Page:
9/12/2016

Steve Martin Prize for Excellence in Banjo and Bluegrass Awarded to Rhiannon Giddens

RHIANNON GIDDENS WINS STEVE MARTIN PRIZE
FOR EXCELLENCE IN BANJO AND BLUEGRASS

The Seventh Annual Prize Recognizes an Individual or Group for Outstanding Accomplishmentsin the Field of Five-String Banjo or Bluegrass Music


"One of the most promising voices
in American roots music" - Rolling Stone
"Ms. Giddens's glorious voice ... merges an opera singer's detail and a deep connection to Southern roots. She can summon the power of a field holler, Celtic quavers, girlish innocence, bluesy sensuality, gospel exaltation or the pain of slavery. She can sing velvety, long-breathed phrases or rasp and yip like a singer from the backwoods long ago."
 New York Times
LOS ANGELES, CA, SEPTEMBER 12, 2016 -  Critically acclaimed singer, multi-instrumentalist, and songwriter Rhiannon Giddens is the recipient of the seventh annual Steve Martin Prize for Excellence in Banjo and Bluegrass. Described by T Bone Burnett as one of the "most profound musicians active today," Giddens is the co-founder of the GRAMMY Award-winning string band Carolina Chocolate Drops, in which she sang and played banjo and fiddle. That group has long investigated and promoted the foundational role African-American performers and songwriters have played in folk-music history, while making recordings that are vital, contemporary, and exuberant.
"Rhiannon has made a rare contribution to American music," said Steve Martin. "She - along with the Carolina Chocolate Drops - has resurrected and revitalized an important part of banjo history."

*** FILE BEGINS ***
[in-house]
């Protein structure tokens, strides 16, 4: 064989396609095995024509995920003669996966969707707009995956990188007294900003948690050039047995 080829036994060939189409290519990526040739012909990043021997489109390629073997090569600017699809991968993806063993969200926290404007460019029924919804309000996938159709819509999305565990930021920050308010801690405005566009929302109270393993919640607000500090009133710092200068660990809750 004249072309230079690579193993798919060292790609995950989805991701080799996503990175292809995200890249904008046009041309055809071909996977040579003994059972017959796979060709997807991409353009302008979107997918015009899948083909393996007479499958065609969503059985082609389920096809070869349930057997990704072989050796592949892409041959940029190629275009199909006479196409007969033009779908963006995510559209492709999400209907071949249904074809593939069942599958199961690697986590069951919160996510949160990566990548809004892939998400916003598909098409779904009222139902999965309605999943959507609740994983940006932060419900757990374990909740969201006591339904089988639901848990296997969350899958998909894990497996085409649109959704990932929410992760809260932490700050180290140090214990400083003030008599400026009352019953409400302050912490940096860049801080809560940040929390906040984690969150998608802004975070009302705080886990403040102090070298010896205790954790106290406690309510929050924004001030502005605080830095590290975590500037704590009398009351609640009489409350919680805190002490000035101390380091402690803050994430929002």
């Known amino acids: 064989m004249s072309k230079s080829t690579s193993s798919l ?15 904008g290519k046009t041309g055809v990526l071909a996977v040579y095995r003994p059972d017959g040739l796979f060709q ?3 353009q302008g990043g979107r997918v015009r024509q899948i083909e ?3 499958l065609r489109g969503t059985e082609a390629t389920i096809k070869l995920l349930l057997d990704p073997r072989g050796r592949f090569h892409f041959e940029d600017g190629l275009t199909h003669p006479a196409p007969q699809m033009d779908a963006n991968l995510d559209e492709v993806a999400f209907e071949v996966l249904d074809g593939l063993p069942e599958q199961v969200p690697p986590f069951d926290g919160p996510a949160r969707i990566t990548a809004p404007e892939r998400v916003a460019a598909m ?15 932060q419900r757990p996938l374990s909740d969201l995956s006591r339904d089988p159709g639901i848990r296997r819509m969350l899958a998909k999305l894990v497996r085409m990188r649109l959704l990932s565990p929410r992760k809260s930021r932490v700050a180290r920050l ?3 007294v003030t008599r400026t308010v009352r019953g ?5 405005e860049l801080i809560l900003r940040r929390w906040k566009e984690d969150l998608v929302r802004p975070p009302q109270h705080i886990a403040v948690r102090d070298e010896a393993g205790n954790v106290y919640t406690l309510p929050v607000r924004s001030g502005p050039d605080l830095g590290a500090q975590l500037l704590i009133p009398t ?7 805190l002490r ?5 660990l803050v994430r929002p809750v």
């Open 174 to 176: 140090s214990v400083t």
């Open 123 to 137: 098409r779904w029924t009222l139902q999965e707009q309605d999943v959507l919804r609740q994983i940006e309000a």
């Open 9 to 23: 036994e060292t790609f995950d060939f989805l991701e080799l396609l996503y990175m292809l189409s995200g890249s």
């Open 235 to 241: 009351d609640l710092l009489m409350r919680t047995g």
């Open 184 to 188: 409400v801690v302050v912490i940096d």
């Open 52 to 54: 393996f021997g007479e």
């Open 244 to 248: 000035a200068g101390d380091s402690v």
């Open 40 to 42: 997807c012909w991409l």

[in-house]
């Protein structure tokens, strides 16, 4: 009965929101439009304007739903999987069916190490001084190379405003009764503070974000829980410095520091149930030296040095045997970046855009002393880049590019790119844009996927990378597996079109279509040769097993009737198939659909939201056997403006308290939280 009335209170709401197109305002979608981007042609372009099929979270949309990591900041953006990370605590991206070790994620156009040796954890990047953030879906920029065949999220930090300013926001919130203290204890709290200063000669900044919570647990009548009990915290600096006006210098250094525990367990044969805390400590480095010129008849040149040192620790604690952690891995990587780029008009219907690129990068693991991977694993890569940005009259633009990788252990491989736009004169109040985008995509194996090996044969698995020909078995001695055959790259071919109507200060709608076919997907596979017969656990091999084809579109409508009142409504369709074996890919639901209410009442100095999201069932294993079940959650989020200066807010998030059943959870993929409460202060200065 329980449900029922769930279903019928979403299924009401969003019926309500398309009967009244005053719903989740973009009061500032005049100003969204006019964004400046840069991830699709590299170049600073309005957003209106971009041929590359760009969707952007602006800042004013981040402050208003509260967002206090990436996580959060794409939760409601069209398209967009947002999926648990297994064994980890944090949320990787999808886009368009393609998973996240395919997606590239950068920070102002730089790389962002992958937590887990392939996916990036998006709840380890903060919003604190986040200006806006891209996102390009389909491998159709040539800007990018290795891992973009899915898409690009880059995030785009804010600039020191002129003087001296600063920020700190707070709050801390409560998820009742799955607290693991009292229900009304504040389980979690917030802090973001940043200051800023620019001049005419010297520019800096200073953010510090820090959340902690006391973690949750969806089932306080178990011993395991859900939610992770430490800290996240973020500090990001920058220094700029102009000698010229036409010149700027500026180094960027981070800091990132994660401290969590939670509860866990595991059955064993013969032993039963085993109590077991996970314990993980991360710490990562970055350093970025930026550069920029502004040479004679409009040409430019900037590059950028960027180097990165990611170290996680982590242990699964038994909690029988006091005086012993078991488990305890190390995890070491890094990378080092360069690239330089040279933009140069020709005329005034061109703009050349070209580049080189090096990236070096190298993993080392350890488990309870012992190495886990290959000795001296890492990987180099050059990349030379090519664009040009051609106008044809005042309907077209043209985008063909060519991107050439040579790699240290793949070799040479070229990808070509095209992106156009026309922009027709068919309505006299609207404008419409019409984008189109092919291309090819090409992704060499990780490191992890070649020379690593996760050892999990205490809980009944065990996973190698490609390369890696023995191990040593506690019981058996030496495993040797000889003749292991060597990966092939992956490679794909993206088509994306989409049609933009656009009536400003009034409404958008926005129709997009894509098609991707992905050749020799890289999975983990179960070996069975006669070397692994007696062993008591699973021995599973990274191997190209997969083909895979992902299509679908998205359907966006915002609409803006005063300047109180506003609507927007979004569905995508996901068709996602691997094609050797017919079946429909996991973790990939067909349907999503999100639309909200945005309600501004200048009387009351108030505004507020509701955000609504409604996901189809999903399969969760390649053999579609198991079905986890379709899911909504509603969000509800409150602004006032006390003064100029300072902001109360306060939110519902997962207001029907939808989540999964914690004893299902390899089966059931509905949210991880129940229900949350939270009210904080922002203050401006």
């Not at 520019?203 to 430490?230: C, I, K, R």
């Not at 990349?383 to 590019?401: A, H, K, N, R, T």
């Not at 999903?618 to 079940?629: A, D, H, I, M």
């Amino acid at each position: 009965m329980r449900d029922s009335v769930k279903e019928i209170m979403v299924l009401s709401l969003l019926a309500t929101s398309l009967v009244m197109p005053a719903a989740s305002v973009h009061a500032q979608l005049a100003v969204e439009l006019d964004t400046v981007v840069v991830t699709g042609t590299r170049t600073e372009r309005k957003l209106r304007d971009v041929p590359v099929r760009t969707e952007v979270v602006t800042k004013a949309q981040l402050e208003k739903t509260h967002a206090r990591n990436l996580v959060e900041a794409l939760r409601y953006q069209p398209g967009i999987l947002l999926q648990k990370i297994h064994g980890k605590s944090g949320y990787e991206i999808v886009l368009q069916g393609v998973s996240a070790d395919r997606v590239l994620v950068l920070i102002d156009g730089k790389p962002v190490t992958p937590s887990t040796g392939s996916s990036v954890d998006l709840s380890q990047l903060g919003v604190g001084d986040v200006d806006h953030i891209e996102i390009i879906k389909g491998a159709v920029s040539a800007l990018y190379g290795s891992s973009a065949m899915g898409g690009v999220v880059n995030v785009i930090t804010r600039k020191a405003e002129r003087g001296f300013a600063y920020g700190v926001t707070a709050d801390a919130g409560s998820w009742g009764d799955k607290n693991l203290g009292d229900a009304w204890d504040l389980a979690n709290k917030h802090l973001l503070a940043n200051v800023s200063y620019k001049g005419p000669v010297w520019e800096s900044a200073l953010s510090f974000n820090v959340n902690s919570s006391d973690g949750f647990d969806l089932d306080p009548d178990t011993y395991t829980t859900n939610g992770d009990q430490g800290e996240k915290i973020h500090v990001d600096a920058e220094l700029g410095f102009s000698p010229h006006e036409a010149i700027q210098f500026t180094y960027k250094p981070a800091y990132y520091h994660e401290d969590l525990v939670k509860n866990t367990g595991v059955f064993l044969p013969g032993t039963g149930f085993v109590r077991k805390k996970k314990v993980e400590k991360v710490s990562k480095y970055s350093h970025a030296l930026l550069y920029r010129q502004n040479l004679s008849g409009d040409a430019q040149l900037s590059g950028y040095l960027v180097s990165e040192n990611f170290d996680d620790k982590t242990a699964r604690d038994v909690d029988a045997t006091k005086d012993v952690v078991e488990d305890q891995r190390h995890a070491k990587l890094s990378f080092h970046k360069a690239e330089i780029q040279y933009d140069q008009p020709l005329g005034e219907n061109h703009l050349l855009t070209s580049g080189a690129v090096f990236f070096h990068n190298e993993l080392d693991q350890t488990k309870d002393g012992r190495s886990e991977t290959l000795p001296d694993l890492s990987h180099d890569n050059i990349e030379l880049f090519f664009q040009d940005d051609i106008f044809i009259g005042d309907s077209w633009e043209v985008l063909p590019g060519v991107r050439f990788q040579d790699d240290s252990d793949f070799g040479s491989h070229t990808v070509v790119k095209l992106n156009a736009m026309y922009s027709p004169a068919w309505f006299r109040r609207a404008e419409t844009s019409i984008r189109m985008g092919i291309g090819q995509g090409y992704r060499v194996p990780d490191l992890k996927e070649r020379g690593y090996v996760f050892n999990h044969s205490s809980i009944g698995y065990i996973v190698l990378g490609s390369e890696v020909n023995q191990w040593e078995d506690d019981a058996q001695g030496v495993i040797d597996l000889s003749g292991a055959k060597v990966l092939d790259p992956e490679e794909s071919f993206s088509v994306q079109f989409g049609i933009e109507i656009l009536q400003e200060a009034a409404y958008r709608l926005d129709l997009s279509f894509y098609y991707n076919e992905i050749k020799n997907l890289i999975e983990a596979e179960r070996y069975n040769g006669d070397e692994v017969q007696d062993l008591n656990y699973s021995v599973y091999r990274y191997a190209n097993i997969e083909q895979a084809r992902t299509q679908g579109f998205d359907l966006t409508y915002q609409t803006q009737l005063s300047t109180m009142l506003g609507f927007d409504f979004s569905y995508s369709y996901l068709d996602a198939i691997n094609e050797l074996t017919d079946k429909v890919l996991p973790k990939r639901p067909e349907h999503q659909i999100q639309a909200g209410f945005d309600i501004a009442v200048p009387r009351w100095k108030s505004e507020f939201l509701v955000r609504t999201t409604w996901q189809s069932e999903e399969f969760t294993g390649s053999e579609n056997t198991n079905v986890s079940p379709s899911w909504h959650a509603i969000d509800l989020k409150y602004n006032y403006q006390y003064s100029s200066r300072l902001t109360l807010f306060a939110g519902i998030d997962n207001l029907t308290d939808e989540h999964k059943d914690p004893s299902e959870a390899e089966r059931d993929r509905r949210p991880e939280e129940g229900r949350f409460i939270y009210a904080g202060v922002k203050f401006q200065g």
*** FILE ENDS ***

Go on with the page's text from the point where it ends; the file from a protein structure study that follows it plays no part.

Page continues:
Giddens began gaining recognition as a solo artist when she stole the show at the T Bone Burnett-produced Another Day, Another Time concert at New York City's Town Hall in 2013. The elegant bearing, prodigious voice, and fierce spirit that brought the audience to its feet that night is also abundantly evident on Giddens' critically acclaimed solo debut album, Tomorrow Is My Turn, which masterfully blends American musical genres like gospel, jazz, blues, and country, showcasing her extraordinary emotional range and dazzling vocal prowess. Giddens is currently working on her follow up album and will have a recurring role in the fifth season of the hit TV show Nashville.  

The Steve Martin Prize for Excellence in Banjo and Bluegrass provides the winner with an unrestricted cash prize of fifty-thousand dollars, as well as a bronze sculpture created specifically for the prize by noted artist Eric Fischl.  Created to bring recognition to an individual or group for outstanding accomplishment in the field of five-string banjo or bluegrass music, the prize highlights the extraordinary musicianship of these artists and bluegrass music worldwide. The winner is determined by a board consisting of J.D Crowe, Pete Wernick, Tony Trischka, Anne Stringfield, Alison Brown, Neil V. Rosenberg, Béla Fleck, and Steve Martin.

The award is given to a person or group who has given the board a fresh appreciation of this music, either through artistry, composition, innovation or preservation, and is deserving of a wider audience. Recipients must be a professional or semi-professional and should currently be active in their careers.

The award is funded personally by the Steve Martin Charitable Foundation. Its first winner was Giddens' Nonesuch Records labelmate, Noam Pikelny of Punch Brothers.

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